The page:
Transportation & Logistics Analysis

Europe: road transport prices continue to rise

February 23 2022

Road freight transport rates in Europe ended 2021 at a record high, under the combined effect of buoyant demand and sharply rising costs.

The Ti/Upply index of road transport prices in Europe continues to break records. This was still the case in the 4th quarter of 2021, when this index reaches its highest level at 108.3. This corresponds to an increase of 1.1 points compared to the previous quarter and 3.2 points year-on-year, specifies the latest Benchmark of road freight rates published by Transport intelligence (Ti), Upply and the IRU.


Source: Ti/Upply - NB : Our price estimates are based on actual transactions. The Covid-19 epidemic and its impact on the level of activity have made data collection more complex. The index may therefore be subject to revisions as new data are incorporated into the Upply database.

A dynamic economy despite the rebound in the pandemic

The fourth quarter of the year is traditionally a period of rising prices, owing to strong demand as the holiday season approaches. The new wave of Covid-19 that started with the appearance of the Omicron variant could have led to a reduction in consumption, but this was not the case. The pandemic is now managed more finely, and this new variant did not led to a blockage of European economies.

In addition, demand remains very strong in the manufacturing sector, as countries are still in a catch-up phase after the plunge seen in the 2nd quarter of 2020. Even if this recovery is partly hampered by shortages of raw materials, it is enough to drive up road transport prices.

A capacity deficit 

This price increase is also fuelled by the prevailing market tension in terms of capacity. Road hauliers are primarily faced with an ever-growing shortage of drivers. New data from the IRU based on surveys carried out in 2021 on the state of driver shortages in Europe reveals a deficit of up to 100,000 jobs in the UK and reaching more than 60,000 for both Germany and Poland.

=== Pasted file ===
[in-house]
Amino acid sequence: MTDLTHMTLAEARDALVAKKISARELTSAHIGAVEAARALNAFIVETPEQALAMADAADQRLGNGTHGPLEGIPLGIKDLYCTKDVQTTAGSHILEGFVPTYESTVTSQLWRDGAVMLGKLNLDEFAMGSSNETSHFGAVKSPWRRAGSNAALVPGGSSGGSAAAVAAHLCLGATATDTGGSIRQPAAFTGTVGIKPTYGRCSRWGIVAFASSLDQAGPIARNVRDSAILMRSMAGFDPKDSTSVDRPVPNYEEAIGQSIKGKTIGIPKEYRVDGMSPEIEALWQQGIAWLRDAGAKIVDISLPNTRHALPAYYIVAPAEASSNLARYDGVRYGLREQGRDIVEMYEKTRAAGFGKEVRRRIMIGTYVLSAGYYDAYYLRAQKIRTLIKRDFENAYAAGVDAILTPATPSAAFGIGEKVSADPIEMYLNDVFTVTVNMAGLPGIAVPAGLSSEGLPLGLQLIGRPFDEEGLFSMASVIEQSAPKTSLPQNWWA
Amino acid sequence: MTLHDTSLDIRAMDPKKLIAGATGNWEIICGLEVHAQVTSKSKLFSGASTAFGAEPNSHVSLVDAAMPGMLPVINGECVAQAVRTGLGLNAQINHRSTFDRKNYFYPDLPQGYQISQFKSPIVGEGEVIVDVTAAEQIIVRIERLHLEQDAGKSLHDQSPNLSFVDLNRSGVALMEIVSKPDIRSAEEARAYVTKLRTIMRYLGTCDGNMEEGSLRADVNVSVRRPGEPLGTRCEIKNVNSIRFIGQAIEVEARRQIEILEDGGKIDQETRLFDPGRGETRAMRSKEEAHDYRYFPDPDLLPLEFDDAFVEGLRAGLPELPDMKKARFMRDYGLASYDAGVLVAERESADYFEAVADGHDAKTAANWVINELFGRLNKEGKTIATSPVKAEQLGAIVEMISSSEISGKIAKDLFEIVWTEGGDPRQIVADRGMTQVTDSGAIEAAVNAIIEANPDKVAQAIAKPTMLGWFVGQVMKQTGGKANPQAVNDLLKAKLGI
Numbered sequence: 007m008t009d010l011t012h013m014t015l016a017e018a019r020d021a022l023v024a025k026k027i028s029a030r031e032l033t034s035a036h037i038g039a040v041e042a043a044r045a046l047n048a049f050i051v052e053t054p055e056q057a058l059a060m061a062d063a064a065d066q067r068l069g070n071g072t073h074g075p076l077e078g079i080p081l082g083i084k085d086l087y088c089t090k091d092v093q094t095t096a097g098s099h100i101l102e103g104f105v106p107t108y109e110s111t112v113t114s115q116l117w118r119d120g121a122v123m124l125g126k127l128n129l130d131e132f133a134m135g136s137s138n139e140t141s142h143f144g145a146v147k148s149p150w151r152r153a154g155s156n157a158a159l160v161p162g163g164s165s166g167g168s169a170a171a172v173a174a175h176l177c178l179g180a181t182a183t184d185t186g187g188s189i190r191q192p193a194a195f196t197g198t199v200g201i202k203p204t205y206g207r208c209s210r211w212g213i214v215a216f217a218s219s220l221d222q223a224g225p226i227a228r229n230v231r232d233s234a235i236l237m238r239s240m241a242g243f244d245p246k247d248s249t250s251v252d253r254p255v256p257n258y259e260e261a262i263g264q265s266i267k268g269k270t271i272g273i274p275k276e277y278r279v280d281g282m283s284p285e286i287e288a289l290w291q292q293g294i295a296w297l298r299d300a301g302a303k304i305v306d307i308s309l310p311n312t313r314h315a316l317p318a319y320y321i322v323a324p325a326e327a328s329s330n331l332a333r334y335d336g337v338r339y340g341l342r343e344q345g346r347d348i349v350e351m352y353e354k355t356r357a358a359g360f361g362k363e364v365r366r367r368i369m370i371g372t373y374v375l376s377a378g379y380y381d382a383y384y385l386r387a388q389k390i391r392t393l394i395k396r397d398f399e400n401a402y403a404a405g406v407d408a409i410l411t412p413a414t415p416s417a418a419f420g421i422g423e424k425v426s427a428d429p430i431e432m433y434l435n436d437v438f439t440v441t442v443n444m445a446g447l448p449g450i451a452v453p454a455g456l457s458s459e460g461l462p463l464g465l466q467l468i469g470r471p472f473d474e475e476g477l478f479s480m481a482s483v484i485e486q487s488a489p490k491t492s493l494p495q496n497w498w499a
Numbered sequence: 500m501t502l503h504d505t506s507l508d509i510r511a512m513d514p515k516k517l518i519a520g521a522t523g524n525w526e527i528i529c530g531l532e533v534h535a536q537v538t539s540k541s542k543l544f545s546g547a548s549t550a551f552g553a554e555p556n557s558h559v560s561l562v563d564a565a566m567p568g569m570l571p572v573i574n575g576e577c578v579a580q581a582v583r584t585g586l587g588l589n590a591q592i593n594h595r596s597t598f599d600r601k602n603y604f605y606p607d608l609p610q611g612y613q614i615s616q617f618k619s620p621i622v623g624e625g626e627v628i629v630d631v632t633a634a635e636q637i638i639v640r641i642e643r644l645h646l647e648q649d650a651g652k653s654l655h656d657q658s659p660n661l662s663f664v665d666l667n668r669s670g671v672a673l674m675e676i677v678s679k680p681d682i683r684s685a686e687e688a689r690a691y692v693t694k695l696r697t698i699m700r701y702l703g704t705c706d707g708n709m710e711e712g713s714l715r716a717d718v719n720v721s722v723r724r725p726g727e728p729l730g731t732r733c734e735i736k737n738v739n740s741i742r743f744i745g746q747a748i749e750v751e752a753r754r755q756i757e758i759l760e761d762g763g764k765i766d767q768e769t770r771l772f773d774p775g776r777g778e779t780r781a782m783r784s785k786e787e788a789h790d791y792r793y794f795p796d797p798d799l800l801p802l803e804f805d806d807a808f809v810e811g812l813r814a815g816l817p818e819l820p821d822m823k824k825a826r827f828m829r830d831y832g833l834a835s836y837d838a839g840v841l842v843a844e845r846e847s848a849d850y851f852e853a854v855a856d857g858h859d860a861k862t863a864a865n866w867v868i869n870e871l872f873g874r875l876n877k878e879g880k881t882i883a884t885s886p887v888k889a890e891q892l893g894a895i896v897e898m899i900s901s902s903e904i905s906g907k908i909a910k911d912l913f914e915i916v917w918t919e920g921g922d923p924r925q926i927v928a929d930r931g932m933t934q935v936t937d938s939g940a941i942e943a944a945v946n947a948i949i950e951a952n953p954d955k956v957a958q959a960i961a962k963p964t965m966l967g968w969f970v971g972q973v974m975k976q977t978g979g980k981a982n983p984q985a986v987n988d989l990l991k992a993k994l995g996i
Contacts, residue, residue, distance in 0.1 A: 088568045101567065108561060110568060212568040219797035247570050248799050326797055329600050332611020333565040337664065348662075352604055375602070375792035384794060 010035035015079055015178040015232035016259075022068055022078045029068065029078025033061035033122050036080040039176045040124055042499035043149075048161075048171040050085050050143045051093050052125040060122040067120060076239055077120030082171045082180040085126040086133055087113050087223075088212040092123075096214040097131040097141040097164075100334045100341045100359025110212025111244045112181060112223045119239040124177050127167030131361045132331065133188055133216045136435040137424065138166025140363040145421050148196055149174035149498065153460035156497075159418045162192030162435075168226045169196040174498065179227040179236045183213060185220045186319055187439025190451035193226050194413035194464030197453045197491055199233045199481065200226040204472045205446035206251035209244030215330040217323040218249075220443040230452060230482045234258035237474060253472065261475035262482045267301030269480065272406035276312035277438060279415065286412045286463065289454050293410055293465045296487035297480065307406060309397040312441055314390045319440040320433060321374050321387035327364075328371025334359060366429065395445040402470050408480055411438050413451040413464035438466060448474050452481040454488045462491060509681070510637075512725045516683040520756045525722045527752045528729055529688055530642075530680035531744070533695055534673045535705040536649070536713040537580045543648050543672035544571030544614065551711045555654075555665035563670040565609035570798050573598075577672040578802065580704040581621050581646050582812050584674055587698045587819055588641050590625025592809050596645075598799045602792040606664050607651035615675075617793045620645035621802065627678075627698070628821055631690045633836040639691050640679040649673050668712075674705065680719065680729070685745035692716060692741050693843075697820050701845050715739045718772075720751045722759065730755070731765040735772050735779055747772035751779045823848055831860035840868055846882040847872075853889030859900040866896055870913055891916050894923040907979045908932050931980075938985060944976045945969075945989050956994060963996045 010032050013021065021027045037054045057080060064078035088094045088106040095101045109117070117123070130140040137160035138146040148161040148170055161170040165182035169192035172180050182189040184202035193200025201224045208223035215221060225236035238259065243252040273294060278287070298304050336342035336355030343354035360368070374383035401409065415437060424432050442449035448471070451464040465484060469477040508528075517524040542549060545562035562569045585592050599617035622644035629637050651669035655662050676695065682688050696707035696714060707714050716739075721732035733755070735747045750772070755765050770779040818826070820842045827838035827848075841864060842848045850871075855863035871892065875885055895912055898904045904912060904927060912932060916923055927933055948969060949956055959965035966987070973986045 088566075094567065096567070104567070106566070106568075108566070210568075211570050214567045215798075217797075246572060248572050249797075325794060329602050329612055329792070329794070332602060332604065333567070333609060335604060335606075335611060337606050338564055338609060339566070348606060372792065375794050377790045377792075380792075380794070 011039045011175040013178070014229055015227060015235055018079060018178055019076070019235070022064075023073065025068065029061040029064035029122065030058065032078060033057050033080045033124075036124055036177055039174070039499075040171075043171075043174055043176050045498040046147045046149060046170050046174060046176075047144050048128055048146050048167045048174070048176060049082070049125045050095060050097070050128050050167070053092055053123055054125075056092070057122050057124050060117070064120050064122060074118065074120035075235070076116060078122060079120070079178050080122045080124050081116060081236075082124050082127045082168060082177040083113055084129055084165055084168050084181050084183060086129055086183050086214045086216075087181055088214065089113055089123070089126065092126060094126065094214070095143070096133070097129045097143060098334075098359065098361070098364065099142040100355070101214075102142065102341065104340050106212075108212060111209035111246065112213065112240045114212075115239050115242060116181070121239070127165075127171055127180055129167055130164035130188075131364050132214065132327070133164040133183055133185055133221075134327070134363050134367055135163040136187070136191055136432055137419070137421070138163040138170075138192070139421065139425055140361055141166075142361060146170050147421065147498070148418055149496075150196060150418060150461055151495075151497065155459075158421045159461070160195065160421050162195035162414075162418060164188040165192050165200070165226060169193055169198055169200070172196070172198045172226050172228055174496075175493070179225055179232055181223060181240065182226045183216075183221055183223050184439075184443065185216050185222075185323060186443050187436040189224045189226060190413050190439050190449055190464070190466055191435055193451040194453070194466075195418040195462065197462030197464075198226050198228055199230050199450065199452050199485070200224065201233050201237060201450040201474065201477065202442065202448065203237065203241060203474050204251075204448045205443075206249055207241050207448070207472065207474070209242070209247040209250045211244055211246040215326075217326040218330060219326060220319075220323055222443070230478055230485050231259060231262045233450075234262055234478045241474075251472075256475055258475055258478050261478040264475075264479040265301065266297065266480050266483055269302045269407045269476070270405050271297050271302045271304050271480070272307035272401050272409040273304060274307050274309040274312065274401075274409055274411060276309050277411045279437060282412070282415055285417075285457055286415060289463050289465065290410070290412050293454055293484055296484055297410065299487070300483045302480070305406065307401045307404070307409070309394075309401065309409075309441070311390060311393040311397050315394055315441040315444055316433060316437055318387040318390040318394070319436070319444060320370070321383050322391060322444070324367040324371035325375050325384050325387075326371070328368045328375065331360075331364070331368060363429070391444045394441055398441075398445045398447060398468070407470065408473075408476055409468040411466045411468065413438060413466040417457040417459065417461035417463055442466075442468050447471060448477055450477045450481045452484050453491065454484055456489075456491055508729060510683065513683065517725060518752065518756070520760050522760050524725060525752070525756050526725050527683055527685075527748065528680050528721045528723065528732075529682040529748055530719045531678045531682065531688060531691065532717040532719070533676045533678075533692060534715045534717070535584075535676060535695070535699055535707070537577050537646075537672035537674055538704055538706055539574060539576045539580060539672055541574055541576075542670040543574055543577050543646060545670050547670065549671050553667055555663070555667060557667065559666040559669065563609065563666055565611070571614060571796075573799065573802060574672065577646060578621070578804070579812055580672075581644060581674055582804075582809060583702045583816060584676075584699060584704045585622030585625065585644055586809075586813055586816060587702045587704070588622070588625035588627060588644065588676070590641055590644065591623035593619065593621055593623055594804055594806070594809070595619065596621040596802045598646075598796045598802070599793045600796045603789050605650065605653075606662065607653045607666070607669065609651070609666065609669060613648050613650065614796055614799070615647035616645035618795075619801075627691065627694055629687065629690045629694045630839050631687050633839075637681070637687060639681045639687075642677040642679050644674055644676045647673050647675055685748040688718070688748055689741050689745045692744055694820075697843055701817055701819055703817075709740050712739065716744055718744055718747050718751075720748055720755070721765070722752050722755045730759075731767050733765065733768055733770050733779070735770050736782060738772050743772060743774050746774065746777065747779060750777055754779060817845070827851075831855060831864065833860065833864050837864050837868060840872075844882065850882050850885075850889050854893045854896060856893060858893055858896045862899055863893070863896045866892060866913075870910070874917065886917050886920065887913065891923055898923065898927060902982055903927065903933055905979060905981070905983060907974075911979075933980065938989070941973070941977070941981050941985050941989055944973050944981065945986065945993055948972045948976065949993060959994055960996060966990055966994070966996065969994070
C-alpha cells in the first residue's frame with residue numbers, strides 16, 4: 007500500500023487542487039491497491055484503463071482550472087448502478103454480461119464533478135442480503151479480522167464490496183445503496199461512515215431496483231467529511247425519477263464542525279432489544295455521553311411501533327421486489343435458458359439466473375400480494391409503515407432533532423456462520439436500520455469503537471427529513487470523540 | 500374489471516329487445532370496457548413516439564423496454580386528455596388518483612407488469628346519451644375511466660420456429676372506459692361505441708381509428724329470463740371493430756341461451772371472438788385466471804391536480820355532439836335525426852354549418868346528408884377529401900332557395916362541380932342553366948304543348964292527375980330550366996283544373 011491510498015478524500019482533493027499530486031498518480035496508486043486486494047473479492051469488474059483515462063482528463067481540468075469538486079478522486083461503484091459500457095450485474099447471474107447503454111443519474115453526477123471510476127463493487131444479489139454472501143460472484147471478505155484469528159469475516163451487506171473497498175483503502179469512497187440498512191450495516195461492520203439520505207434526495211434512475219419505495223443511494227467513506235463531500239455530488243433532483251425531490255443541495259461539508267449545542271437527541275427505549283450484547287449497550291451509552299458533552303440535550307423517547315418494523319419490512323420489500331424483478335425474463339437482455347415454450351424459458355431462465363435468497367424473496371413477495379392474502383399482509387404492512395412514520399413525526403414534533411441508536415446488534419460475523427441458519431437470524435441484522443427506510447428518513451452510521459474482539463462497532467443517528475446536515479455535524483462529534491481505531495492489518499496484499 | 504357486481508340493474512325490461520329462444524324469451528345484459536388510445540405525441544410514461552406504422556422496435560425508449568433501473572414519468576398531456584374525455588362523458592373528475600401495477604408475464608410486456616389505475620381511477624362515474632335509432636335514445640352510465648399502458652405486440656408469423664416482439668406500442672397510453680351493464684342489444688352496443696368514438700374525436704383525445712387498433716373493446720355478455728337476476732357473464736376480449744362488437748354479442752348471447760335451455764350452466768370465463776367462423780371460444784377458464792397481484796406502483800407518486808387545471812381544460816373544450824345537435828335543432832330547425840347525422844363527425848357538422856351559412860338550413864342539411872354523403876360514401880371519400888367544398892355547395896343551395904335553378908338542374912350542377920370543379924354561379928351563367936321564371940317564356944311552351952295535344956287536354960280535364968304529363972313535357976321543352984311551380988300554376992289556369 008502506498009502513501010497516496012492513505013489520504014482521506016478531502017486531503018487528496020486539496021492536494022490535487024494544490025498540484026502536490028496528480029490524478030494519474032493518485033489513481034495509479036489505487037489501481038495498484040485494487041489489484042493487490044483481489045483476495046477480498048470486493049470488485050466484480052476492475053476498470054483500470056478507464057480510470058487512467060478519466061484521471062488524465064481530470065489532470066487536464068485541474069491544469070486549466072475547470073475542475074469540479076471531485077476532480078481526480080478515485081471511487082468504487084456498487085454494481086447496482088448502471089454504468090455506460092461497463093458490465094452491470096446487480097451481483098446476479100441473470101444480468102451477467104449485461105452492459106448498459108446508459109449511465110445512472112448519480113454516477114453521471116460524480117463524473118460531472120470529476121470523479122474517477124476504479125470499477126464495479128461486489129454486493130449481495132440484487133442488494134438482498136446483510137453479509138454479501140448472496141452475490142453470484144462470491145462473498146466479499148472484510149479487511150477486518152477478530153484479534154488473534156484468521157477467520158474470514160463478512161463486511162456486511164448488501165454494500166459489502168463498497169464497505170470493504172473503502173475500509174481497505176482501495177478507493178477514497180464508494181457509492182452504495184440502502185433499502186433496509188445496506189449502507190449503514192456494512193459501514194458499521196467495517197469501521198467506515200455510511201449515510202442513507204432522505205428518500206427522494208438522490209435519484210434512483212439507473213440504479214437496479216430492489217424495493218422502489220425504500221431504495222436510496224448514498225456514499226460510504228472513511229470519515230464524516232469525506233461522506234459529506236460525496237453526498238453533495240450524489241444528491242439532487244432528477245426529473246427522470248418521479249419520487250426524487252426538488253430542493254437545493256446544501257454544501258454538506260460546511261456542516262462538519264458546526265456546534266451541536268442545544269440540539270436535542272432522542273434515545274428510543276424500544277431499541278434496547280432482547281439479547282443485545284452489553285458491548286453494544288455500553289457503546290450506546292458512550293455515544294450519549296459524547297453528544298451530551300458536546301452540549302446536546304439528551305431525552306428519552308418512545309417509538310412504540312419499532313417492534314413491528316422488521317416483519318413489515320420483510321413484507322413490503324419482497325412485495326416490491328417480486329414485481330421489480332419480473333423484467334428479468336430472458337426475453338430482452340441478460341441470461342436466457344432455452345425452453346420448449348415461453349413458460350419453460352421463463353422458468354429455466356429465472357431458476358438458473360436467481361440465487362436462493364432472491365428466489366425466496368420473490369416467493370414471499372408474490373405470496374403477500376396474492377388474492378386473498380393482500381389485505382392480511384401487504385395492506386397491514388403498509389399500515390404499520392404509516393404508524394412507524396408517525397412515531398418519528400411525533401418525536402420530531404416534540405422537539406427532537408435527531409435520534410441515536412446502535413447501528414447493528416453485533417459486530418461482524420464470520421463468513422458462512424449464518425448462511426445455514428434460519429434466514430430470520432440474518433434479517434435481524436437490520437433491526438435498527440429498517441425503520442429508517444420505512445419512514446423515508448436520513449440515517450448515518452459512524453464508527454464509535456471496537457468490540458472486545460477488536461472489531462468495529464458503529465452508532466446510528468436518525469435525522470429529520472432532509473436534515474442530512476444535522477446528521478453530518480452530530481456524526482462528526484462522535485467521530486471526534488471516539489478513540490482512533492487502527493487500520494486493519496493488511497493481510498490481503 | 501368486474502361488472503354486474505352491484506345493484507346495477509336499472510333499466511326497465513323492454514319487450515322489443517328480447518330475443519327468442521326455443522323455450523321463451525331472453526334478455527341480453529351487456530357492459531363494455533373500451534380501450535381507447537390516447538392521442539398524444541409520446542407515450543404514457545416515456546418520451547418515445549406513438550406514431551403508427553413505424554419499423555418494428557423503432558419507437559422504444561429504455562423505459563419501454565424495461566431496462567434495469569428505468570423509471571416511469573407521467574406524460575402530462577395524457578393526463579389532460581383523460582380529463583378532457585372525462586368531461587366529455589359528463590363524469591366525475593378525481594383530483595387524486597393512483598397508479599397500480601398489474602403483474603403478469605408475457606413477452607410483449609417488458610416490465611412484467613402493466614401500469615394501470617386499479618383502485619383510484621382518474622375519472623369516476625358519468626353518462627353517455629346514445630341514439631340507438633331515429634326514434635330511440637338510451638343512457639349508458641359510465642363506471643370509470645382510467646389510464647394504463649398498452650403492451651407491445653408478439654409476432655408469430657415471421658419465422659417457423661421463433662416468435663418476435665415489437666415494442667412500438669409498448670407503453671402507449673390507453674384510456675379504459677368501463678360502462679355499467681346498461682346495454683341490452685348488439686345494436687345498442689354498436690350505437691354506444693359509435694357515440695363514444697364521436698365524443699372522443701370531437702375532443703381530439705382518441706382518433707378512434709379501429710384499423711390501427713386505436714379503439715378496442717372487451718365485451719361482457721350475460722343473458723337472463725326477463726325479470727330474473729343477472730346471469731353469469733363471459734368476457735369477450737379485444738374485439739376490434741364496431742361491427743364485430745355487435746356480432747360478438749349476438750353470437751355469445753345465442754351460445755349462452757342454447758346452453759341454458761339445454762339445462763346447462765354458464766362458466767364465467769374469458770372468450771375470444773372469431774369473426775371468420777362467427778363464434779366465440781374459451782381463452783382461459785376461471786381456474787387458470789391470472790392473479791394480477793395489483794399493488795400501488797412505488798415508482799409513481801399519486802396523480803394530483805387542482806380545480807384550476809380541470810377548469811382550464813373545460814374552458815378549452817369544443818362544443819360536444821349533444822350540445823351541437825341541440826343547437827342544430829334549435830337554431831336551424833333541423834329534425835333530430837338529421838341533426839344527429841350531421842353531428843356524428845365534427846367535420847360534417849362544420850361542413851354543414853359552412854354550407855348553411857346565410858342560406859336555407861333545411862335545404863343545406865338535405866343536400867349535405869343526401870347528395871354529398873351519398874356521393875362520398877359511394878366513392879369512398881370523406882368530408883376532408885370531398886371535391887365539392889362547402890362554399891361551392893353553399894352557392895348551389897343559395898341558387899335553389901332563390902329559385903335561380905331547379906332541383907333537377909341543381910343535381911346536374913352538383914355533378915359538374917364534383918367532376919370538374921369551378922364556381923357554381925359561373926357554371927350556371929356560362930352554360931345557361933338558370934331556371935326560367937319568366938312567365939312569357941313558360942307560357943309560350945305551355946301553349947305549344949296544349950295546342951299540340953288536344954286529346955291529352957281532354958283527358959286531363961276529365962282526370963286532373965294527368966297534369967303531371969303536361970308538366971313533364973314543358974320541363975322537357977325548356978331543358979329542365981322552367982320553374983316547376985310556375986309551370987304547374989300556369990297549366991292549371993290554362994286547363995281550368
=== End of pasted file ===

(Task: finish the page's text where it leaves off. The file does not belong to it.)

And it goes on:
On the other hand, hauliers are experiencing difficulties in renewing or extending their vehicle fleets. The production of heavy vehicles has effectively been slowed down by shortages of components.

Soaring costs

Finally, the increase in transport prices can also be explained by the undeniable explosion of costs, which road hauliers are trying, at least partially, to pass on. As the sector's margins are relatively low, their survival depends on this.

First of all, hauliers are experiencing the extremely sharp rise in fuel prices. Representing a third of all transport operating costs, diesel prices ended 2021 up by around 25% compared to the start of the year in the region's countries, particularly in Spain, Germany, and France.

On the other hand, the lack of manpower in general, and of drivers in particular, favours an increase in wages. The pressure is all the stronger as employees are also suffering the consequences of general inflation, which encourages wage demands.

No drop in prices expected in early 2022

This tension leads us to believe that the increase in freight rates is here to stay. "The context of high demand and tight supply looks set to continue over the coming months, which should protect rates from the traditional decline in the first quarter compared to peak season levels," said Nathaniel Donaldson, economic analyst at Ti.

“The rise in road freight rates in Europe shows no signs of letting up,” confirms Thomas Larrieu, Managing Director of Upply. “In France, the price increase should also continue, but the situation will remain complicated for road hauliers, faced with a triple challenge: soaring fuel prices, the shortage of drivers which is also driving up wages, and the difficulty of renewing or expanding their heavy vehicle fleets. If we add to this the gradual end to government aid put in place to absorb the shock of the Covid-19 pandemic, we can see that the market will evolve in a very uncertain economic context, even if demand remains dynamic,” concludes Thomas Larrieu.


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Graduated from the Superior School of Journalism in Lille, Anne spent most of her career in the international trade and logistics press, before joining Upply.
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